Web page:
In The Kids Are All Right, a sperm donor connects with his biological children but is eventually dismissed as an "interloper" in their lives. To believe that the kids are all right, we have to agree with this judgment.
The practice of tattooing has nearly always been rejected in Christian tradition. The usual proof text is Leviticus 19:28: “You shall not make any gashes in your flesh for the dead or tattoo any marks upon you: I am the Lord.” That verse has been regarded as an injunction against pagan rituals, but also as a call to honor God’s good creation as it is manifested in our bodies.
Last year a four-year-old boy named Sean Paddock died in North Carolina after he was struck with a plumbing supply line, then tightly wrapped in blankets. His mother was punishing him for getting out of bed. She was a follower of Michael and Debi Pearl, whose book To Train Up a Child is familiar to many parents in conservative Christian movements.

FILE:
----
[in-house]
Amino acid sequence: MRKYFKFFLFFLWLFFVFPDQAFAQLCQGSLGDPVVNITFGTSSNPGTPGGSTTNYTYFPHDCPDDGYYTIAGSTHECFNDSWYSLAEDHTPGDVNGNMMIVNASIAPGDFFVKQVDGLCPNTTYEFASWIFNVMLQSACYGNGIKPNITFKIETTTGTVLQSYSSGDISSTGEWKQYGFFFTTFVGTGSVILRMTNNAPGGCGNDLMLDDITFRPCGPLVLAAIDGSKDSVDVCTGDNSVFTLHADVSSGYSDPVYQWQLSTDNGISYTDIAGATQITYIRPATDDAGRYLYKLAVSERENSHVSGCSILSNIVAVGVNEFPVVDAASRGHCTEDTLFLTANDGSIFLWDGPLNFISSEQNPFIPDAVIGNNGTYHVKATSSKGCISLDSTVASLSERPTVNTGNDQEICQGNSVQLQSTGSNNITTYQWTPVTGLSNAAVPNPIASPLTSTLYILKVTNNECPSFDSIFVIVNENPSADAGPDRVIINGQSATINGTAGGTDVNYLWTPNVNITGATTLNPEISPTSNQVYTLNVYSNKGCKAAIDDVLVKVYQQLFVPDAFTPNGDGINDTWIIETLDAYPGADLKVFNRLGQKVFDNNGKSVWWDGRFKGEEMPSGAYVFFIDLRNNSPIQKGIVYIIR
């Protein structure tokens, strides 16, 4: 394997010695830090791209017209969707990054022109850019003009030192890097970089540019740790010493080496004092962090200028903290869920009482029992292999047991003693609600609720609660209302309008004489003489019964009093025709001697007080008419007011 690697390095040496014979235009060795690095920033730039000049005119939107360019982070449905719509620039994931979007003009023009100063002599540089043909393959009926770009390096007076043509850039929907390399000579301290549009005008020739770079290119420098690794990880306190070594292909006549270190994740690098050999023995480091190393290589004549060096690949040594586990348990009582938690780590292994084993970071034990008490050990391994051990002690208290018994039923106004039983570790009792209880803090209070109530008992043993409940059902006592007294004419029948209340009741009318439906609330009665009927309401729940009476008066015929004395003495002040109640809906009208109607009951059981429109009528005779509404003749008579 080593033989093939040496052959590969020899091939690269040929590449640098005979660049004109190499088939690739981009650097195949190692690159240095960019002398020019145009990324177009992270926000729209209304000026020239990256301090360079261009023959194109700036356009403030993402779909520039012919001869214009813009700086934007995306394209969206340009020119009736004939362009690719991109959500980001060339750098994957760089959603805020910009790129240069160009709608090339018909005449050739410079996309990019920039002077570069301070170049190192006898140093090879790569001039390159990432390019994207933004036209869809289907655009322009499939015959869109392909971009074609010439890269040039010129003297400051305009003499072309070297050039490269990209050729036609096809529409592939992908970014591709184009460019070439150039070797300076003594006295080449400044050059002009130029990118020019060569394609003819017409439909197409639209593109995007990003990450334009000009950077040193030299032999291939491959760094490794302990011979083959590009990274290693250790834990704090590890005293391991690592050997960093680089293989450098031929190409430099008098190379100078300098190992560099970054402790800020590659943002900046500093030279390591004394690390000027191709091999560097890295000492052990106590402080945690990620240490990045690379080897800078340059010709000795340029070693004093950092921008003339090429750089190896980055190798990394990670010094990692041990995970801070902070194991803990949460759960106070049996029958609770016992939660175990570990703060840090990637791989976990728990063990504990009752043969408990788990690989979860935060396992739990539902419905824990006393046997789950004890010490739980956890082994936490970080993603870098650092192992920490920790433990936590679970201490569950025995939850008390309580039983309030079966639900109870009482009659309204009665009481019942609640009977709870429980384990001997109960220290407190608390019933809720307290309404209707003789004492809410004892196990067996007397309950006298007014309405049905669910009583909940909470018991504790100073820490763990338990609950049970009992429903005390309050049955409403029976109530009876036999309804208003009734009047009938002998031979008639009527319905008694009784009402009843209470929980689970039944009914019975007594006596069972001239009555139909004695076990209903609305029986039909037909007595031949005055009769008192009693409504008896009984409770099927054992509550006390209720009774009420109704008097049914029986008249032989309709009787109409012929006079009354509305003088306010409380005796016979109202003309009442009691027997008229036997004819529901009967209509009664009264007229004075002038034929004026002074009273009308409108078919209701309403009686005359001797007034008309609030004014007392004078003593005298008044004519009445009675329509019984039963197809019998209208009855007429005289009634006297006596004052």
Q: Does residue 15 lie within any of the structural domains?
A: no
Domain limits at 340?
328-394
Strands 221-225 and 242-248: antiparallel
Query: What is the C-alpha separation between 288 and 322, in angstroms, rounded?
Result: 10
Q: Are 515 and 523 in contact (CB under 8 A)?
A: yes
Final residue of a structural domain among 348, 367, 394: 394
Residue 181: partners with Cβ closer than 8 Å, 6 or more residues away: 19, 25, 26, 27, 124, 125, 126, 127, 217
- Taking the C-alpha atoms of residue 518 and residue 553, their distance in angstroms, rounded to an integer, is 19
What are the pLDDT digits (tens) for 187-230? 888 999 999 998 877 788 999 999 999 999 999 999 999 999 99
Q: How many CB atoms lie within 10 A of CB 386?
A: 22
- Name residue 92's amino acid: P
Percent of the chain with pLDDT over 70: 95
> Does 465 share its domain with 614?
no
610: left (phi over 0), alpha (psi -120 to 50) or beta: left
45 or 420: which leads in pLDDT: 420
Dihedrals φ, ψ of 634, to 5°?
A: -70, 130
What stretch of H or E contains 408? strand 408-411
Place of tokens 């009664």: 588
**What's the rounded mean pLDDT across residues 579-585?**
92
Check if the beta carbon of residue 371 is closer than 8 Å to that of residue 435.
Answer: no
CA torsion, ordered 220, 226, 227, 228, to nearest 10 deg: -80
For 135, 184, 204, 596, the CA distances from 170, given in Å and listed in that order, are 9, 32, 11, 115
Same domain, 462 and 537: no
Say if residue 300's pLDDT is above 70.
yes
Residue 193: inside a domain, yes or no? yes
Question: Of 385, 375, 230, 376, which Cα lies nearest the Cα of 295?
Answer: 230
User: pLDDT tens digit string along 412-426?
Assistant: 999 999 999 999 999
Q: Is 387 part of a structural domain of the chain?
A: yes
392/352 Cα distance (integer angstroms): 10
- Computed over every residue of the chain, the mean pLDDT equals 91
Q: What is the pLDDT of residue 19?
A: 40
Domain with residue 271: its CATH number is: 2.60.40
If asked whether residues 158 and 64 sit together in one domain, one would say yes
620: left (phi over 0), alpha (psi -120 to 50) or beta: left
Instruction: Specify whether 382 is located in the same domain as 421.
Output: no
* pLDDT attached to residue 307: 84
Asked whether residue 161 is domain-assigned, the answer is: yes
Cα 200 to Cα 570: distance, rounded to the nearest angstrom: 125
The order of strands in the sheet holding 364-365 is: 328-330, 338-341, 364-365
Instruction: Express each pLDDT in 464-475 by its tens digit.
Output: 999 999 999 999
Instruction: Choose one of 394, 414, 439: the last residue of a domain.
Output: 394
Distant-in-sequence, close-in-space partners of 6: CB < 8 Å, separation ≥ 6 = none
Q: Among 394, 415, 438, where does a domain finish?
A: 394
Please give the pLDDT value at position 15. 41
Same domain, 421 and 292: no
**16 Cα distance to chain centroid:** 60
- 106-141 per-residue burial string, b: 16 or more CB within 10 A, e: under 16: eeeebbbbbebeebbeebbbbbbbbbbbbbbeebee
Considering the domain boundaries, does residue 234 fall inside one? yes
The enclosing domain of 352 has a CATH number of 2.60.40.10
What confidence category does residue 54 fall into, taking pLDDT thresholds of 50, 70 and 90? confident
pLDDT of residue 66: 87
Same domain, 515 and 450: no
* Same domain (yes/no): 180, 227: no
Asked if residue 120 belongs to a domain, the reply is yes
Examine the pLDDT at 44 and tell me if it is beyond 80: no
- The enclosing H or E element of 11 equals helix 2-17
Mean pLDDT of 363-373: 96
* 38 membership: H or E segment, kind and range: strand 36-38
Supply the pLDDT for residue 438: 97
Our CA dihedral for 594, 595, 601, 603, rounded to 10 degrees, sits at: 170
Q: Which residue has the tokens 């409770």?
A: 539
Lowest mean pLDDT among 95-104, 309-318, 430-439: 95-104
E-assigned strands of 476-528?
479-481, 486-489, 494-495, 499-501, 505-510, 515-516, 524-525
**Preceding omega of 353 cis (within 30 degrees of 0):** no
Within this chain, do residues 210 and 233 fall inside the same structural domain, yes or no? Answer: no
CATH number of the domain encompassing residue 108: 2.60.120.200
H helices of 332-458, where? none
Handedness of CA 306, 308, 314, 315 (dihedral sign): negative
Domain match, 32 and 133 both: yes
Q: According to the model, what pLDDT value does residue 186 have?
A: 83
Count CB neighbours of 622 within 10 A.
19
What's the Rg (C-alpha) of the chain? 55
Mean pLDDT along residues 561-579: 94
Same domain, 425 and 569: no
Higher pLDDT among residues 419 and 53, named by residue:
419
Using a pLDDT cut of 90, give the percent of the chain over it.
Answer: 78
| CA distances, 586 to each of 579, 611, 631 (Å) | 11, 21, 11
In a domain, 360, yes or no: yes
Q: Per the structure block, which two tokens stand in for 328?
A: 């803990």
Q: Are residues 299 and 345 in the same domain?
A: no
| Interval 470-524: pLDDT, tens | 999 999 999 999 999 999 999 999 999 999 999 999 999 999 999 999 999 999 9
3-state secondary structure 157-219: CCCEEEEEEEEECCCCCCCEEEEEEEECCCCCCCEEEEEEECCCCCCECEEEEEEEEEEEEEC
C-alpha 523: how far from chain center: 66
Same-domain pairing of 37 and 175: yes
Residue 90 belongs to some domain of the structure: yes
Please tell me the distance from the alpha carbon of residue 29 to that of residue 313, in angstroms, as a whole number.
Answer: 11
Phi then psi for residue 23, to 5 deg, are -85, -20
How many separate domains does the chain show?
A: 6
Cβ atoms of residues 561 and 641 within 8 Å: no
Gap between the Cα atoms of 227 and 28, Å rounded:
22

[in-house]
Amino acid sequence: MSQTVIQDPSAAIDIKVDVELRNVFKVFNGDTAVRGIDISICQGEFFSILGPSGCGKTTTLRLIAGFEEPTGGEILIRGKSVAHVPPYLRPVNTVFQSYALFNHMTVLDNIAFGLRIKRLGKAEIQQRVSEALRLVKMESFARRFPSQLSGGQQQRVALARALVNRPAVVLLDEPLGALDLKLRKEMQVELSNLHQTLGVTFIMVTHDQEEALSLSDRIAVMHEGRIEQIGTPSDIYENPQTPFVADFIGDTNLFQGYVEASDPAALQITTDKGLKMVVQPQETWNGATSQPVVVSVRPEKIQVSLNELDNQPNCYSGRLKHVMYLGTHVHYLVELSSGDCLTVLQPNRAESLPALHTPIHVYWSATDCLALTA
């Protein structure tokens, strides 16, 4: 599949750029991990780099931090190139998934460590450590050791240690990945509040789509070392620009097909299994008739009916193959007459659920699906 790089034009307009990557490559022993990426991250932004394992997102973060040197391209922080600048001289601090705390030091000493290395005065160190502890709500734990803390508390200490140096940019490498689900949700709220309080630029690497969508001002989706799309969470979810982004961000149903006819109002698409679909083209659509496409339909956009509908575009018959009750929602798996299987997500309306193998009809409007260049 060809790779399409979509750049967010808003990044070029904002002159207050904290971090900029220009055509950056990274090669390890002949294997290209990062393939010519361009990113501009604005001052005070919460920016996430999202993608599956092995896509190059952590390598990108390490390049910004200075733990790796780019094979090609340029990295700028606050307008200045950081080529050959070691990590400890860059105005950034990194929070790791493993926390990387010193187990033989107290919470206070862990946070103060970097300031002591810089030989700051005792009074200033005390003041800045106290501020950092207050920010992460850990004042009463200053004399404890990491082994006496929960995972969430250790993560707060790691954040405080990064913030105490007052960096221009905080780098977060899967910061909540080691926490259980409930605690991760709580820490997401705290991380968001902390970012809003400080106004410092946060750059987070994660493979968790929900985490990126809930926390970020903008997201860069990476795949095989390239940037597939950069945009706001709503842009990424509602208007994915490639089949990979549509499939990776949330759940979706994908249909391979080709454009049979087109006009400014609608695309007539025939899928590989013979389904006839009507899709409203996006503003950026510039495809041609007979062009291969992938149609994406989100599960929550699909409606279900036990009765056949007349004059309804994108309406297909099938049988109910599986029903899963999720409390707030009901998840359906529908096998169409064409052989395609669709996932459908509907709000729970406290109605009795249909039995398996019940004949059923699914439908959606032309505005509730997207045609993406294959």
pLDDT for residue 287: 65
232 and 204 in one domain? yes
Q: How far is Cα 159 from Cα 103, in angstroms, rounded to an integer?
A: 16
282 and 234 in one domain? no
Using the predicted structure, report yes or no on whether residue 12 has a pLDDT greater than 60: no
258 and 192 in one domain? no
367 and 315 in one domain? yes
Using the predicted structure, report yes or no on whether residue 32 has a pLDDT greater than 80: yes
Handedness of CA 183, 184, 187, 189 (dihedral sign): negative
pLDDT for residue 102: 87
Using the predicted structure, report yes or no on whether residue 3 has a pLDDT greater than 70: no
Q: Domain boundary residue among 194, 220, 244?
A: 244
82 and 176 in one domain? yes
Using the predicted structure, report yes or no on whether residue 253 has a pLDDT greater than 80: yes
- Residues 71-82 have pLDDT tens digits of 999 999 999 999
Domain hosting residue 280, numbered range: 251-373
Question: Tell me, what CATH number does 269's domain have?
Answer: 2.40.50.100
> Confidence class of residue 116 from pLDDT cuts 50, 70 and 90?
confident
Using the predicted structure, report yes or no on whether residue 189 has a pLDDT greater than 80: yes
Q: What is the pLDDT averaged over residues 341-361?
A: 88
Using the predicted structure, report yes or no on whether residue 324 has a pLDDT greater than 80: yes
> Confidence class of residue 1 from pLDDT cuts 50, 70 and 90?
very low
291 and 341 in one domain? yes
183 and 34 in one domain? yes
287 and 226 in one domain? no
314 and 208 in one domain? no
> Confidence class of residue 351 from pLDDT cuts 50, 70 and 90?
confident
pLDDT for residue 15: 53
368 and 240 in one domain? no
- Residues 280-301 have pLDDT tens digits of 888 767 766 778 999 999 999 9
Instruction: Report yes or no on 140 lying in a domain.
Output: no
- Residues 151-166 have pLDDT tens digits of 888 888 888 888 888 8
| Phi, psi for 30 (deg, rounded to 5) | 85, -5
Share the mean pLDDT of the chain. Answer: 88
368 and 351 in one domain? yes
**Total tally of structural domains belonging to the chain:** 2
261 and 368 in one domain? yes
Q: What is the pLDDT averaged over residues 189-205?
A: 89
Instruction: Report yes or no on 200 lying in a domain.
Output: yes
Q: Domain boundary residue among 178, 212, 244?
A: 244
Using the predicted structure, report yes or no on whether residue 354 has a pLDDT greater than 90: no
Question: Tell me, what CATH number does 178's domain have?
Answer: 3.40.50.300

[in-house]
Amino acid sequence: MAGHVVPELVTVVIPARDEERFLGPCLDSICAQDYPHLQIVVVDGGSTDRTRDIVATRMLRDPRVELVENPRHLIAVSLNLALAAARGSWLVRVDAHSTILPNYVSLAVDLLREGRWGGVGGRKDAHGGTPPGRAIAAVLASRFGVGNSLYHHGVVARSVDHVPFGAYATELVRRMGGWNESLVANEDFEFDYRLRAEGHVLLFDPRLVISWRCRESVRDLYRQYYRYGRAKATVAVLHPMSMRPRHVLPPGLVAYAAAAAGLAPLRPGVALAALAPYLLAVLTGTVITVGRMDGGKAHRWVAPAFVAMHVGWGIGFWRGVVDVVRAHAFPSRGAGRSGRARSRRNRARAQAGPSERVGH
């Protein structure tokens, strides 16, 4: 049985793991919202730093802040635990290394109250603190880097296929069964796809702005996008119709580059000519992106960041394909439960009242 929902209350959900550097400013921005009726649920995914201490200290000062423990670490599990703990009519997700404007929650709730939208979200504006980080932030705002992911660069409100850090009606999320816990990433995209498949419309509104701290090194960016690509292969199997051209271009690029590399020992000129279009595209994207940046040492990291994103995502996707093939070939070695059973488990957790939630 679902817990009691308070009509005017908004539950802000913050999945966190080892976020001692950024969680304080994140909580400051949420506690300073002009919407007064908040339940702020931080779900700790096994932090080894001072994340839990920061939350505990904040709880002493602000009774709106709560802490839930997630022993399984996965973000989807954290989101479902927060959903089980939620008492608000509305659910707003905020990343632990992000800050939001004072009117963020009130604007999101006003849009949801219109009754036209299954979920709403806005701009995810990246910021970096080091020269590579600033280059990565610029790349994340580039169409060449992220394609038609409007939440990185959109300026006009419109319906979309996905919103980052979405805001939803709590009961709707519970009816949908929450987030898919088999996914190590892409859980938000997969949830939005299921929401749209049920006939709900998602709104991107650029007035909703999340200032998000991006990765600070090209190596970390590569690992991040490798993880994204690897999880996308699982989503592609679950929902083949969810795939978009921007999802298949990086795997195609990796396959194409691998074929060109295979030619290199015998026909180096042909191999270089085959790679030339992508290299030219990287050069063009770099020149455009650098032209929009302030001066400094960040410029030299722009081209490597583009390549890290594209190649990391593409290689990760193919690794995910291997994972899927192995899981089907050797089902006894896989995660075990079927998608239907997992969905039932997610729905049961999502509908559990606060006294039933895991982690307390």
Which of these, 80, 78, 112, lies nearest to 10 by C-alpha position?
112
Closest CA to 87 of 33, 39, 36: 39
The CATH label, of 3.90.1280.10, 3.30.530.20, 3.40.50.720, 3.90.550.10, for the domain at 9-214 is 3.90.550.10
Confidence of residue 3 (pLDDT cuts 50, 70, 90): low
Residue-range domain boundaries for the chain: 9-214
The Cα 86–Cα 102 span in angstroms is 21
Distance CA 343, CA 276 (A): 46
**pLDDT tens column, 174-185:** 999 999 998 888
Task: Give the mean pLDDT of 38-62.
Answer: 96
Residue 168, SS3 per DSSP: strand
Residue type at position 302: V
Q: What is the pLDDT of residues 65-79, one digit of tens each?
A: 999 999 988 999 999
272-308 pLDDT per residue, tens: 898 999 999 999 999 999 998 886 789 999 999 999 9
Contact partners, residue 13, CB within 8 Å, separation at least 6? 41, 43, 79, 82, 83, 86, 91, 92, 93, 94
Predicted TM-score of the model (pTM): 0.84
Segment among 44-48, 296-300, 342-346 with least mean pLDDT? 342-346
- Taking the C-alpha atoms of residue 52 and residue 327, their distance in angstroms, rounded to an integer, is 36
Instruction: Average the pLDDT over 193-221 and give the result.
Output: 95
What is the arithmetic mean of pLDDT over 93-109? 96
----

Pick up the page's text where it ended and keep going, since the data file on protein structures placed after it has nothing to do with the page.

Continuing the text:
Anne rice, well-known author of many novels about vampires, has returned to the Roman Catholic Church and turned her writing energies to the subject of Jesus. I couldn’t help being intrigued. Perhaps there is a sense in which Rice’s Christ the Lord: Out of Egypt is a response to years of battling with the undead.
My husband and I have acquired the somewhat embarrassing habit of settling down on the couch to watch reruns of Sex and the City. Despite having aired its final episode on HBO a few years ago, SATC continues to intrigue Americans, who are buying the series on DVD and watching episodes on cable TV.
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